It was October. I had just returned from an interview on a local television focusing on a mother's responsibility in protecting her children from polio. I was very energetic and optimistic about eradicating this crippling disease when I received calls from the remote areas of the province asking questions and showing their commitment for vaccinating their children. This can be done, I thought!!!

I received a call from one of the COMNet field staff. "A polio vaccinator has been shot in eastern by pass - we heard the gun shots they have taken him to the hospital, we are worried he might die," said one of the communication officers. I couldn’t grasp the situation - got a second call from a journalist asking for details, and it went on.

The vaccinator shot was Imran, an 18-year-old boy who had volunteered with the Government of Balochistan for the polio eradication. A hepatitis B patient himself, he was a brother of two deaf and dumb siblings. His father did some labor work in Sindh, and he volunteered thinking he will earn 2 dollars a day to buy his medicine. The thousands of polio volunteers in Pakistan earn only less than 2 dollars per day; they go house to house to deliver polio vaccine. Most of them do it because they are very poor and this small amount may help them in paying for food or clothes.

During field visits - working on forming methods to motivate these female volunteers - I often asked them: why do you volunteer? I remember this girl telling me: "I have to buy my school uniform".  Some would say "it helps us buy food people throw stones at us, call us bad names but no one will put food on our table". To keep the volunteers motivated so that they join as a polio team member and carry out their work properly is one of the major challenges for polio eradication program in Pakistan.

I was shaken, it was horrible... But it didn't stop us from carrying out our work for PEI [the Polio Eradication Initiative]. These were the days when the Taliban's opposition to polio vaccination had been announced and was quite visible amongst other religious groups in form of anti-vaccination wall chalking, mosque announcements and distribution of flyers. But to our worst fears this was only the beginning. In December similar multiple coordinated attacks all over the country took more than 10 lives, in Karachi city and KPK [Khyber Pakhtunkhwa] province. Then this chain of incidents continued in the form of threats (incidents including killings of aid workers involved in campaigns and attacks on security protecting the teams) in Nigeria where 9 innocent vaccinators were killed.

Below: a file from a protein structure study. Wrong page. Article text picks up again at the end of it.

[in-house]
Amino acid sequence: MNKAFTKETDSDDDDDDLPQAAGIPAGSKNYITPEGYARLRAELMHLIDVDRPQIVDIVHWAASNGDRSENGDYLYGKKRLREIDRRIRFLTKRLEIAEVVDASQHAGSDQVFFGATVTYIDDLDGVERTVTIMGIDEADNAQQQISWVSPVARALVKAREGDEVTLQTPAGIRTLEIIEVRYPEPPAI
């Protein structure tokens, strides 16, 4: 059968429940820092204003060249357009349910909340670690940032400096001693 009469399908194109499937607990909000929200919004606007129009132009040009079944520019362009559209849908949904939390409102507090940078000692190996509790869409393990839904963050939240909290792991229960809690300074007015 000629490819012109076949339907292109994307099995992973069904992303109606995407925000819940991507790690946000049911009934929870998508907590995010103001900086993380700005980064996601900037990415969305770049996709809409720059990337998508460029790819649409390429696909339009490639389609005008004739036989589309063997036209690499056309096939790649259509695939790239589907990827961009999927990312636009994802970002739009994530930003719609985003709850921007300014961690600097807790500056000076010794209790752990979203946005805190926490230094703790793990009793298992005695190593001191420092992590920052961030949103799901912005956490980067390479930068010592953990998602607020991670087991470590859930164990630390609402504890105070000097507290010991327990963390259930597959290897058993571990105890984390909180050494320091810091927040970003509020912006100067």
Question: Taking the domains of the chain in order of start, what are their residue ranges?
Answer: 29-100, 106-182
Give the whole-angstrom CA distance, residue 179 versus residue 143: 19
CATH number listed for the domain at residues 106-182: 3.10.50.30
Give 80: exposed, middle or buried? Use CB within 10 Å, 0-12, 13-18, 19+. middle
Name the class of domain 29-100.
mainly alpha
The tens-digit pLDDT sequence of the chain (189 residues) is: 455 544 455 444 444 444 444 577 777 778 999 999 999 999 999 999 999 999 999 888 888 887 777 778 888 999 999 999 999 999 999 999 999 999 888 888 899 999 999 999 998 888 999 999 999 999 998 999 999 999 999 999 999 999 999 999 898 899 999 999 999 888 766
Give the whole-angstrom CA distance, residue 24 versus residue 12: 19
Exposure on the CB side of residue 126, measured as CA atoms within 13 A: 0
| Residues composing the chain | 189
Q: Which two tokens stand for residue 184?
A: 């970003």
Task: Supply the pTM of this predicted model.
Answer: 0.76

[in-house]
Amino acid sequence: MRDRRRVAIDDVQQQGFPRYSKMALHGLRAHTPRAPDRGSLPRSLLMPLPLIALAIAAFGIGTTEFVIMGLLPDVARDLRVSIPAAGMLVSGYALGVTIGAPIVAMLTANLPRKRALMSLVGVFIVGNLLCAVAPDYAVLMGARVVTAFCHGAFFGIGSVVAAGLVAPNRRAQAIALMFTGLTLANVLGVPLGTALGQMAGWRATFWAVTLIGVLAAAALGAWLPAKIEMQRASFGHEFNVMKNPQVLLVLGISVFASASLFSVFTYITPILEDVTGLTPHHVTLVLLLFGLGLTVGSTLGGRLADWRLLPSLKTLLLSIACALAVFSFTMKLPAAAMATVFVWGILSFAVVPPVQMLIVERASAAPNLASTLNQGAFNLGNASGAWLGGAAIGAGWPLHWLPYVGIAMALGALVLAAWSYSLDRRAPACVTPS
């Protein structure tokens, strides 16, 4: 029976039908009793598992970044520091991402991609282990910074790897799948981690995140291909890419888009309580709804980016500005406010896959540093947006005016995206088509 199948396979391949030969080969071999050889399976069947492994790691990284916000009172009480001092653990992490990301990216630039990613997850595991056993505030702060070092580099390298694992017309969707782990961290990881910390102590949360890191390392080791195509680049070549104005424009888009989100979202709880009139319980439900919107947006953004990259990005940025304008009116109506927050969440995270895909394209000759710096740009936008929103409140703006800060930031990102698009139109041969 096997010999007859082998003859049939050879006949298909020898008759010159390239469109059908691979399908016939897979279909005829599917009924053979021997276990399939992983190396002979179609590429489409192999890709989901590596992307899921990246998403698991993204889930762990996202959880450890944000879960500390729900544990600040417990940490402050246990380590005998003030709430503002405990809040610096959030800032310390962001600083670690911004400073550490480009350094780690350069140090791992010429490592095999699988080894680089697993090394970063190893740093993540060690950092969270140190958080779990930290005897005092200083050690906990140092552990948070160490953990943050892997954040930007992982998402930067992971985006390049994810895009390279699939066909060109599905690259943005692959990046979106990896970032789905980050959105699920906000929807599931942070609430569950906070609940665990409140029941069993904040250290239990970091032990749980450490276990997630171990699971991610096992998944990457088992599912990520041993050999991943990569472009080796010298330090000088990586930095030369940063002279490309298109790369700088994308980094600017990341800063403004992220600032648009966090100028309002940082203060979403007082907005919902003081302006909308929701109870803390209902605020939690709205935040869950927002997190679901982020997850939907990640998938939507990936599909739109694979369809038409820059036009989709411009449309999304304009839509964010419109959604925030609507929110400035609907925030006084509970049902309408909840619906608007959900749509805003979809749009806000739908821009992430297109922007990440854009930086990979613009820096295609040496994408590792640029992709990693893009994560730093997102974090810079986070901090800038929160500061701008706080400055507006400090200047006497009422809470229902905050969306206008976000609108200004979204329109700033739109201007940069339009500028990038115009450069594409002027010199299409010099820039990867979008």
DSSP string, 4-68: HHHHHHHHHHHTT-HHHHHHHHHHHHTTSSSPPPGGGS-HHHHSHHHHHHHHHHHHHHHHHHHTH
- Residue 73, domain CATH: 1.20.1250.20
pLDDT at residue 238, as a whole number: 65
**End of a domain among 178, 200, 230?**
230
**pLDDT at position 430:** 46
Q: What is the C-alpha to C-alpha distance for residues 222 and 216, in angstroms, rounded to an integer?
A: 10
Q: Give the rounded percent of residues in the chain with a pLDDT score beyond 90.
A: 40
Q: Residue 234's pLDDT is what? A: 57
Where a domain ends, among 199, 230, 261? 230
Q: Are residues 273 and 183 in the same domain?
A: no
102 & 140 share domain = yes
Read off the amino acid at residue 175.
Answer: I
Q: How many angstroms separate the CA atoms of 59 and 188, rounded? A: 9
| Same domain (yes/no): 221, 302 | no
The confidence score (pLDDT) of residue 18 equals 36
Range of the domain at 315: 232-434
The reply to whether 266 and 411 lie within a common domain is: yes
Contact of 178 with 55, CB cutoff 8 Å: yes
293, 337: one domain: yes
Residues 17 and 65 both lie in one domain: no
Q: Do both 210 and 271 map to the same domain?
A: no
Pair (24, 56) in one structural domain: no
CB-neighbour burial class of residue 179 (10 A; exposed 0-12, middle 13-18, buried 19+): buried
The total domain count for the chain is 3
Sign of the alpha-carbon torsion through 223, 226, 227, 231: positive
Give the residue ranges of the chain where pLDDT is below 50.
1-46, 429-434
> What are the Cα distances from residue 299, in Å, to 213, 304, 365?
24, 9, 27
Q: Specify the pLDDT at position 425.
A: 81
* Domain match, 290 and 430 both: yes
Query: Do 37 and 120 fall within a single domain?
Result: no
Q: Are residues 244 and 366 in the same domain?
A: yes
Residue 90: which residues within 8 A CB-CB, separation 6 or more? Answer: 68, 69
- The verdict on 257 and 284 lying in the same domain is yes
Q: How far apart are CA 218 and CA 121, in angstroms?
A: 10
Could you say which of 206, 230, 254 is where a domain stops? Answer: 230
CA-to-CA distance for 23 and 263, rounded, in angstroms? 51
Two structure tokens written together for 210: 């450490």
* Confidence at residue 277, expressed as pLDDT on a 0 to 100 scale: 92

In my experience interacting with the field staff and with the communities, polio vaccination was always seen as an "Imposed" initiative. In a country where regions as Balochistan has the worst Infant and Child mortality indicators, where more than 50% of the children are malnourished,  where children die of preventable diseases as diarrhea and pneumonia and lastly where people see children dying in bomb blasts every day - a crippling disease is not really a priority. 

The top-down approach of forming strategies at global level, trial and error methodology, and negligence of the local realities and context has led the polio eradication program to where it is today: 20 years back. Issues such as ownership, accountability and oversight by Governments have been highlighted on paper but completely ignored on ground by the donor agencies - funds will keep coming no matter how the country has performed or how much corruption is seen.

It's about time polio eradicators realize that Polio eradication as we knew it had died and washed away with the blood of all those brave volunteers who died in the line of duty. What has worked in India will not work in Pakistan, strategy documents made in Geneva will not help, and unconditional donation to the countries will only damage the program further. Accountability mechanisms need to be reviewed at grass root level by the Government and also the Agencies supporting the program. We have enough evidence that proves that more than 80% of the children who are missed for immunization are directly linked with the supply side of the program, which can be corrected; the better we run the program, the more commitment we show - we earn trust in the community. The better we address their other health concerns in the form of polio, the closer we can get to them.

In the end those were just young girls, trying to earn some money for their books, medicine or food and we have to ensure that those lives were not lost in vain.

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